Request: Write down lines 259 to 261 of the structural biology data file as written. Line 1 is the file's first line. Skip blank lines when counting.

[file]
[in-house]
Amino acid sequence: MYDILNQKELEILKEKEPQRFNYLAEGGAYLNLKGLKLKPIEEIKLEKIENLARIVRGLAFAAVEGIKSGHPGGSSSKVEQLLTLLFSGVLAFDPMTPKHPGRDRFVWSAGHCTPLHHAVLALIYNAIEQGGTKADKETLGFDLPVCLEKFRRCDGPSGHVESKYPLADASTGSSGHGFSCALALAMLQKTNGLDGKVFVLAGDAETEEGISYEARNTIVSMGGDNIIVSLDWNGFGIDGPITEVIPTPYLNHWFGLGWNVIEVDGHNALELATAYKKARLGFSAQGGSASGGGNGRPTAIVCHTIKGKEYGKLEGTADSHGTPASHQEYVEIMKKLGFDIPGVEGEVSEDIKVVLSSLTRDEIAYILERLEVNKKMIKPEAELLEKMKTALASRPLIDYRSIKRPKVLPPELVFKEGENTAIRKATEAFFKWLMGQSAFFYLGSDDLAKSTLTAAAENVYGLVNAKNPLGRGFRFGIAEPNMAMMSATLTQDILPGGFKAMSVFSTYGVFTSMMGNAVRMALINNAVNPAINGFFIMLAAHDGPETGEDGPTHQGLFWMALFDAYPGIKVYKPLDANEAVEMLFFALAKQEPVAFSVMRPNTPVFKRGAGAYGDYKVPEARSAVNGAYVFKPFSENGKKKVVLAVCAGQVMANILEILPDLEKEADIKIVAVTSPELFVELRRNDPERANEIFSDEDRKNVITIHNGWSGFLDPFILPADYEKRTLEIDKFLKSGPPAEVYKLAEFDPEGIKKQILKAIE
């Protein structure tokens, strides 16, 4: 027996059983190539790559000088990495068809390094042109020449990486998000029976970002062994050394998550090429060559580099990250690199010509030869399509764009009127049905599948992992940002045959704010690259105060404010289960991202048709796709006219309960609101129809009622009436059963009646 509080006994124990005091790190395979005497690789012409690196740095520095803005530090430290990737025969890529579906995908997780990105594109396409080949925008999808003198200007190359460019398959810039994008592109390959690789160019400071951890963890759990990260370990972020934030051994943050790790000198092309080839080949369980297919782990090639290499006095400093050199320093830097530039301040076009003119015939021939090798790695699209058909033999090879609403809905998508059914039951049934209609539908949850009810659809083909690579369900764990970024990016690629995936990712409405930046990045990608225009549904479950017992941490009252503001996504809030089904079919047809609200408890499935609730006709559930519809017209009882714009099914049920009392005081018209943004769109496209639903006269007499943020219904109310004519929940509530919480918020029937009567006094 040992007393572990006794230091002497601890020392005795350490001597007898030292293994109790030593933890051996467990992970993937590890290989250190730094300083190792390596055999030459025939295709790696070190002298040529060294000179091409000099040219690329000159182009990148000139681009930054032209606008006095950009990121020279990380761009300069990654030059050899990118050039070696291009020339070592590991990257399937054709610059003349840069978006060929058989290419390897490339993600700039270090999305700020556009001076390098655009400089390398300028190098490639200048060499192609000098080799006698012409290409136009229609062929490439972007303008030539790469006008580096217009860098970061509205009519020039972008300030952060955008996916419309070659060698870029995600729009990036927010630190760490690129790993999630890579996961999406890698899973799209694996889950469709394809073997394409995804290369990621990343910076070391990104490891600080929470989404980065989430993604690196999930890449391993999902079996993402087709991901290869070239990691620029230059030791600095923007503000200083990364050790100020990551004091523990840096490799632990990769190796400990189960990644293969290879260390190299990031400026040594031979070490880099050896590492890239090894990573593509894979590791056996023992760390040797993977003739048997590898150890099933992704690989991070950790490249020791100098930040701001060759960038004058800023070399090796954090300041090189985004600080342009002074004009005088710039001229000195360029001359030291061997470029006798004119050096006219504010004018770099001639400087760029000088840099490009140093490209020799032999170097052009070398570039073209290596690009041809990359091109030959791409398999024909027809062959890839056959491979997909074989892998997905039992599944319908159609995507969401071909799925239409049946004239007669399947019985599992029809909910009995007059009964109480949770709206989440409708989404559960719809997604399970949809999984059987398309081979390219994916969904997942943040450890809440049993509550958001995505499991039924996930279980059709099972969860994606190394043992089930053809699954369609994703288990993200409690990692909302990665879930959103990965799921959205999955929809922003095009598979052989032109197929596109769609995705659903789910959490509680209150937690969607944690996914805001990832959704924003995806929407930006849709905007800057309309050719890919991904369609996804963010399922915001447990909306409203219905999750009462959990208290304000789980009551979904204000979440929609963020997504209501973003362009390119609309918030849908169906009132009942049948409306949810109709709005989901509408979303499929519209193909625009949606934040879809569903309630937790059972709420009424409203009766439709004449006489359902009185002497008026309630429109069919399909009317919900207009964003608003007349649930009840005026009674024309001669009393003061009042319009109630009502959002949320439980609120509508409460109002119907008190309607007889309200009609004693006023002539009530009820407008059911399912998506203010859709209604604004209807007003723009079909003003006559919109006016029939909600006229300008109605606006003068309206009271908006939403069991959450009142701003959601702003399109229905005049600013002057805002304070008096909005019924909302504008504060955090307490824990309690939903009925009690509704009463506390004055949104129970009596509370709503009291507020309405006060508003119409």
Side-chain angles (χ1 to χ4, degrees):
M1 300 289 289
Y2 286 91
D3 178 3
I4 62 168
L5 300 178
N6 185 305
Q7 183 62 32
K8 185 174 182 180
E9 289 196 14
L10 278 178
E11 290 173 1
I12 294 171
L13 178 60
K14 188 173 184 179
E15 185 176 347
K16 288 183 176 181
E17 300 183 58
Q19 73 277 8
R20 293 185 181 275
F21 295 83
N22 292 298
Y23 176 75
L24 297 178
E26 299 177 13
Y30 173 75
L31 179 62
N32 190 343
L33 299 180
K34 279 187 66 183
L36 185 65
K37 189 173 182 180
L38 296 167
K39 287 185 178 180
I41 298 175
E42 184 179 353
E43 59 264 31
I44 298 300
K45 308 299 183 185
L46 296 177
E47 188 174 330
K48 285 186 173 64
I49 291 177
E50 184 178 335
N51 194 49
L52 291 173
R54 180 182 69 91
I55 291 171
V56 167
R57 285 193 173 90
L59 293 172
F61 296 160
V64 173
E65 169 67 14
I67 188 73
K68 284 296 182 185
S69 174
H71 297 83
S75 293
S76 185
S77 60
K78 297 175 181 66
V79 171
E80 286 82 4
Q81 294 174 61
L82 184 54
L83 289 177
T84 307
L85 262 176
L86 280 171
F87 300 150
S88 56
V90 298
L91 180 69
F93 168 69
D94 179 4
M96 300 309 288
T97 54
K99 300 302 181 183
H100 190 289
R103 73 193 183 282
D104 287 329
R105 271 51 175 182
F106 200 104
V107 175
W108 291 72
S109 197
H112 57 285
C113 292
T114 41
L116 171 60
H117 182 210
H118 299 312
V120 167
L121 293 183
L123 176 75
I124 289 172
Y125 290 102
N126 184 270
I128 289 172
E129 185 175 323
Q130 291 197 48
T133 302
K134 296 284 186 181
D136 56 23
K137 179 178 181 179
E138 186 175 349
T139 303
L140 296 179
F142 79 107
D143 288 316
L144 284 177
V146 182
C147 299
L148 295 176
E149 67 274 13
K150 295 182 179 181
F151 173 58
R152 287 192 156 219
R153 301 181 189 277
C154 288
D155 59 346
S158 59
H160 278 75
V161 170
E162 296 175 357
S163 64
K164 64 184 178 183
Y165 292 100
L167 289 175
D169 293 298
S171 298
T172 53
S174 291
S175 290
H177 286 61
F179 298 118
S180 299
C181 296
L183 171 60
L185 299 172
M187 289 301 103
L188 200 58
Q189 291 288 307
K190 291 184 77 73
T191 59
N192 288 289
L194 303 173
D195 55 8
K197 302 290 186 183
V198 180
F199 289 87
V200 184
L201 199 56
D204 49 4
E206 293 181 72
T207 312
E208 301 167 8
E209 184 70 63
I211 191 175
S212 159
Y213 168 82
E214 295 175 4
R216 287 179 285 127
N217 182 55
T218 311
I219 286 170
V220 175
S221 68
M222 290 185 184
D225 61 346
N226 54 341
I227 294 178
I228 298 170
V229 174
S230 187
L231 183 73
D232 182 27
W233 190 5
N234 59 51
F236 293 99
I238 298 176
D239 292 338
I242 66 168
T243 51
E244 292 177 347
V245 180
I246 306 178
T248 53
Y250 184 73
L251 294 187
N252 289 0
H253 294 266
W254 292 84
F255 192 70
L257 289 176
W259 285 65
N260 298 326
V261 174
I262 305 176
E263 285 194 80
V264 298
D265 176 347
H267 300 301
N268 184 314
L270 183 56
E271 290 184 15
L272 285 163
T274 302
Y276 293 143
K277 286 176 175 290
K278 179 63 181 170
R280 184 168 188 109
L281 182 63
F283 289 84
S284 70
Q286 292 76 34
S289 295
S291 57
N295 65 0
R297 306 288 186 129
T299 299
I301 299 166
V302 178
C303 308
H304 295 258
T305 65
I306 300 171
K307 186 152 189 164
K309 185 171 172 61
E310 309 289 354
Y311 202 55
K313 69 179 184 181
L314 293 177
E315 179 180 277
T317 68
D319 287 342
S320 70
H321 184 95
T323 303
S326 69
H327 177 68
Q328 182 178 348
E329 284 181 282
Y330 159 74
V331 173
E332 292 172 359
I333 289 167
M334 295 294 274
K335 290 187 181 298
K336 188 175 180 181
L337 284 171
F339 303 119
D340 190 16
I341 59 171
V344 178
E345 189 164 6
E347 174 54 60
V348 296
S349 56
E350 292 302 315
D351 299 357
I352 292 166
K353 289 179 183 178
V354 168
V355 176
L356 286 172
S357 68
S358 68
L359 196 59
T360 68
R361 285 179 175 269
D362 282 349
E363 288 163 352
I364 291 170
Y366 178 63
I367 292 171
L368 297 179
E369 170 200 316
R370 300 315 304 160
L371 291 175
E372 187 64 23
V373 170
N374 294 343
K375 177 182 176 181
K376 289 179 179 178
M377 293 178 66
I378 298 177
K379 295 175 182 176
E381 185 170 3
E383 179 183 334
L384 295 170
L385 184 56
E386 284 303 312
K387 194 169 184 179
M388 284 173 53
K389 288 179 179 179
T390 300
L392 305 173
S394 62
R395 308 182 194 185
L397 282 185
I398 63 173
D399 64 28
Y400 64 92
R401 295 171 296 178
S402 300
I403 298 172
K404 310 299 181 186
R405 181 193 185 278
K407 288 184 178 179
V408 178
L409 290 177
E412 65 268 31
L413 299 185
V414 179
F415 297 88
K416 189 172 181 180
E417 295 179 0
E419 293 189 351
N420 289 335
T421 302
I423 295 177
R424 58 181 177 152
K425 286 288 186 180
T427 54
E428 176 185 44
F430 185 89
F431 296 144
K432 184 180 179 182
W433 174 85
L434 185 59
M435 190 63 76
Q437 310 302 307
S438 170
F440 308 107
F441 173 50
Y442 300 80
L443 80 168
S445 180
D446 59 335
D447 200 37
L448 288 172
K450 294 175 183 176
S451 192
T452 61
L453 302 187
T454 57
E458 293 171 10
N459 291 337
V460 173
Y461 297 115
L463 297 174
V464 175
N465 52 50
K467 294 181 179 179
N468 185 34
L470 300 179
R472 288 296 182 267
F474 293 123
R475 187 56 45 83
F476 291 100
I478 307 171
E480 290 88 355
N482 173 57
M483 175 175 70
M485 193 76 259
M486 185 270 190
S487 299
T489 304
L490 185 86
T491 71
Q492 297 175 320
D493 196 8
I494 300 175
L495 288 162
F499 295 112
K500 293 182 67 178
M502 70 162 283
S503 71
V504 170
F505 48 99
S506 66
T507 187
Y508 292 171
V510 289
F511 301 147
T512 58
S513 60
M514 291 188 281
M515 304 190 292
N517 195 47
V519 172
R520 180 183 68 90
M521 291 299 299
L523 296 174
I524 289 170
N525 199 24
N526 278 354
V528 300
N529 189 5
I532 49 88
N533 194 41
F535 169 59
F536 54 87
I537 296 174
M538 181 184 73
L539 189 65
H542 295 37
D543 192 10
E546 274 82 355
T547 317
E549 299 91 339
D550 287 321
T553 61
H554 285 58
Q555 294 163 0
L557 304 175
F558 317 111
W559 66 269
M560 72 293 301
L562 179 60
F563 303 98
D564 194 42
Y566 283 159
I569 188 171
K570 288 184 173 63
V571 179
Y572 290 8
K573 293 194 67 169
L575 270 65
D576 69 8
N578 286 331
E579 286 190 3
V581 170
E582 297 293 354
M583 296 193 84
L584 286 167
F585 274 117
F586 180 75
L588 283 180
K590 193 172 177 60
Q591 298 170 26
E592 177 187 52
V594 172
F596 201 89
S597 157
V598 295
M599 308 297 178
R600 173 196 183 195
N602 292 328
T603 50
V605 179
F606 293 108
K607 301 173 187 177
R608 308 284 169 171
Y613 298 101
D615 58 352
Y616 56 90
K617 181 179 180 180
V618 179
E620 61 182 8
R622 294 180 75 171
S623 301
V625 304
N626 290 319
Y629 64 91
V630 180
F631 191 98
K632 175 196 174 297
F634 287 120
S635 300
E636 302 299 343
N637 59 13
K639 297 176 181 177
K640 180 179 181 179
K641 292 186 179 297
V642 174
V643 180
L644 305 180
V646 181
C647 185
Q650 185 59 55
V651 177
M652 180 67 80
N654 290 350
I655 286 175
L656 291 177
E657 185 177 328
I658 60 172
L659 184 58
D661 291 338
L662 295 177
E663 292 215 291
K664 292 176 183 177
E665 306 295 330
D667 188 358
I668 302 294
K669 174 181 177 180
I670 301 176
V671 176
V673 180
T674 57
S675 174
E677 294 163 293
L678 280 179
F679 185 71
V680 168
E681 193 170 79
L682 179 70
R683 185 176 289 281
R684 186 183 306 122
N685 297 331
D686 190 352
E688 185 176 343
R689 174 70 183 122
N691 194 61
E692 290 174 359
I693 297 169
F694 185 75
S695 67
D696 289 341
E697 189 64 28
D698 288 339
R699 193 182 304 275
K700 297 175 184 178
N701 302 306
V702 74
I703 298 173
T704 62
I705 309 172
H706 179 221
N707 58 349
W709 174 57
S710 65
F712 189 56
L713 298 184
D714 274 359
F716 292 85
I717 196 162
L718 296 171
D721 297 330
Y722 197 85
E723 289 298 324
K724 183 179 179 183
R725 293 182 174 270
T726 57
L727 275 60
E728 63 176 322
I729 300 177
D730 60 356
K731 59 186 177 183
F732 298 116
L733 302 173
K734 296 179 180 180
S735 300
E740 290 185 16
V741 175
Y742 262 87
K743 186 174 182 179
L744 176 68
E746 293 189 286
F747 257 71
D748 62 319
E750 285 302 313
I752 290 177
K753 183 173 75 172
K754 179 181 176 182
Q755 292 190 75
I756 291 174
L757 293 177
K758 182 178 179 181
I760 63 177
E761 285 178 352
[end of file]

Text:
V344 178
E345 189 164 6
E347 174 54 60